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By Phil Hall | October 26, 1998

From the pen of David Webb Peoples, acclaimed scriptor of “Blade Runner,” “Unforgiven” and “Twelve Monkeys,” you’d expect something edgy, macabre and titillating. Unfortunately “Soldier” misses that mark by a disappointing berth. It’s a disarmingly, unimaginative sci-fi thriller that egregiously lifts plot elements from other genre hits (“Terminator,” “Road Warrior” and “Universal Soldier”) and even the western classic, “Shane.”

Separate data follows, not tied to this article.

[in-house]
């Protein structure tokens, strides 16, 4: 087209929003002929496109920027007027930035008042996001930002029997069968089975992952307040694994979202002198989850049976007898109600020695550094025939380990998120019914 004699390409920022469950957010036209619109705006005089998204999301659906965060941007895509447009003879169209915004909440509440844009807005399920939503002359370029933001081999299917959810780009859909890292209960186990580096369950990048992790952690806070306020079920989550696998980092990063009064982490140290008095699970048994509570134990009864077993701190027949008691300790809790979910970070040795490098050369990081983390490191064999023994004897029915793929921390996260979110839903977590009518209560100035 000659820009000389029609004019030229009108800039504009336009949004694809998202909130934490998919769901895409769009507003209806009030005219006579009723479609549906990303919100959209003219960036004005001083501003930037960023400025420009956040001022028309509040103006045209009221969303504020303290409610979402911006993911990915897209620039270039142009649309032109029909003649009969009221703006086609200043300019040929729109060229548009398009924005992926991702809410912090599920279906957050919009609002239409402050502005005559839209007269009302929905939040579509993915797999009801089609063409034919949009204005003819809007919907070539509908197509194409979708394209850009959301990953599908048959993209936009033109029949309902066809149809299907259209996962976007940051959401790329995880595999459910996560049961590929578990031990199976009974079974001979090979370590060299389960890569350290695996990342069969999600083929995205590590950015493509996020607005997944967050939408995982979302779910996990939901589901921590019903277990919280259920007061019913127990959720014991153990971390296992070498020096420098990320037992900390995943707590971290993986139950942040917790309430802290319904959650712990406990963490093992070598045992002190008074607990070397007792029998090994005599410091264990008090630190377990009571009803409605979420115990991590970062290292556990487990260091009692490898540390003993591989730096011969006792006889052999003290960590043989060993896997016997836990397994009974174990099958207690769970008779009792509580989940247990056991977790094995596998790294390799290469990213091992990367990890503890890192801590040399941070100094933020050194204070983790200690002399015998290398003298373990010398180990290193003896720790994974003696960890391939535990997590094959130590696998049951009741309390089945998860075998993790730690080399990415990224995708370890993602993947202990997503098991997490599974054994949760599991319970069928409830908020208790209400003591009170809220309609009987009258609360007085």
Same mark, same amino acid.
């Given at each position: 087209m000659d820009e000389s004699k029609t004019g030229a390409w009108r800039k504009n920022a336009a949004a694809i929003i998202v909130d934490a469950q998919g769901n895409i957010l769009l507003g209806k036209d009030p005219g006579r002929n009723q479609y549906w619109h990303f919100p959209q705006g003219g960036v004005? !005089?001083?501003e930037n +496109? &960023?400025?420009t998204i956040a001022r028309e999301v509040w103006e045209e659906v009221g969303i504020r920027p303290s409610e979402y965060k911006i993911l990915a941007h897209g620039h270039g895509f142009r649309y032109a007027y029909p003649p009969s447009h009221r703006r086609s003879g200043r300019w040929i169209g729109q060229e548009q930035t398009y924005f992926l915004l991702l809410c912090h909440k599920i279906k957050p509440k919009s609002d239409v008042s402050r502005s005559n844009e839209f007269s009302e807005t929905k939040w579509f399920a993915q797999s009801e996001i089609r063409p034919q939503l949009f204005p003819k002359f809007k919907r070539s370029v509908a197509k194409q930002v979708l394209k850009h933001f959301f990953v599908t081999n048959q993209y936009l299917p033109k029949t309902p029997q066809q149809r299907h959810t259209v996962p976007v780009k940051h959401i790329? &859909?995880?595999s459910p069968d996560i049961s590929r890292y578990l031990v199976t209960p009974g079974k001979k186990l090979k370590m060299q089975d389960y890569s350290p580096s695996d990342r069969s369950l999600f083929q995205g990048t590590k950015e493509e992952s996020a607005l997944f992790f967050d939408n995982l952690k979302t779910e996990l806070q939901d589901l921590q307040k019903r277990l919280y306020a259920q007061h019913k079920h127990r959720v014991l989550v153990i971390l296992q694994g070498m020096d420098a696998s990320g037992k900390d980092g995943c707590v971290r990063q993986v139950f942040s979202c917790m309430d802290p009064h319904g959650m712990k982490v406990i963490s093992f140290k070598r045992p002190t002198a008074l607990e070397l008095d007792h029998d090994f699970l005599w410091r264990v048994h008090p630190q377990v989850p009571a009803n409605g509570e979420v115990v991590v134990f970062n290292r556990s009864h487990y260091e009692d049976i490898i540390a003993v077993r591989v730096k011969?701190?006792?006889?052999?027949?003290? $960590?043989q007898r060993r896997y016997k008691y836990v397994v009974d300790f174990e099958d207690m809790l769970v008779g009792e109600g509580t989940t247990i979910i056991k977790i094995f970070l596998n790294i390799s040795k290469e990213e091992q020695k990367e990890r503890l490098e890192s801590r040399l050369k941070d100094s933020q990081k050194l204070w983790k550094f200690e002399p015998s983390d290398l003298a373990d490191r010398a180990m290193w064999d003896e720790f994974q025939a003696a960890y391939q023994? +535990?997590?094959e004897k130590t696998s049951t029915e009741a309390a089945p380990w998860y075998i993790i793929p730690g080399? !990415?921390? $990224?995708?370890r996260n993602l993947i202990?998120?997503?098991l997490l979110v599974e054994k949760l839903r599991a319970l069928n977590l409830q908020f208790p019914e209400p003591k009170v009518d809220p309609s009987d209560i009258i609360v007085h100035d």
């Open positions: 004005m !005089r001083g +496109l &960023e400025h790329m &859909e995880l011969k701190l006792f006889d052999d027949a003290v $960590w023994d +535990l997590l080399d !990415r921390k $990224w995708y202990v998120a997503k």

The futuristic, interplanetary showdown pits an outdated career commando (an awkward, but endearingly taciturn Kurt Russell) against his beefier and more lethal successor (a bald, buff Jason Scott Lee). In round one — a deadly training demonstration — Russell’s conditioned-from-birth sergeant gets his a*s handed to him by Lee’s genetically-engineered uber-trooper. Left for dead on a barren, deep-space junkyard, Russell is taken in by the planet’s raggedy inhabitants, who nurse him back to health and get him in touch with his human side. Of course there’s a round two, when Lee and his legion of robotic exterminators storm the planet, and Russell, recharged by his newfound emotion, goes on the warpath, proving that the older model can still blood let like there’s no tomorrow. To its credit, “Soldier” does offer a few good mano-e-mano, testosterone moments, and the set designs are ultra-cool, but there’s too little character development and no reason to care.

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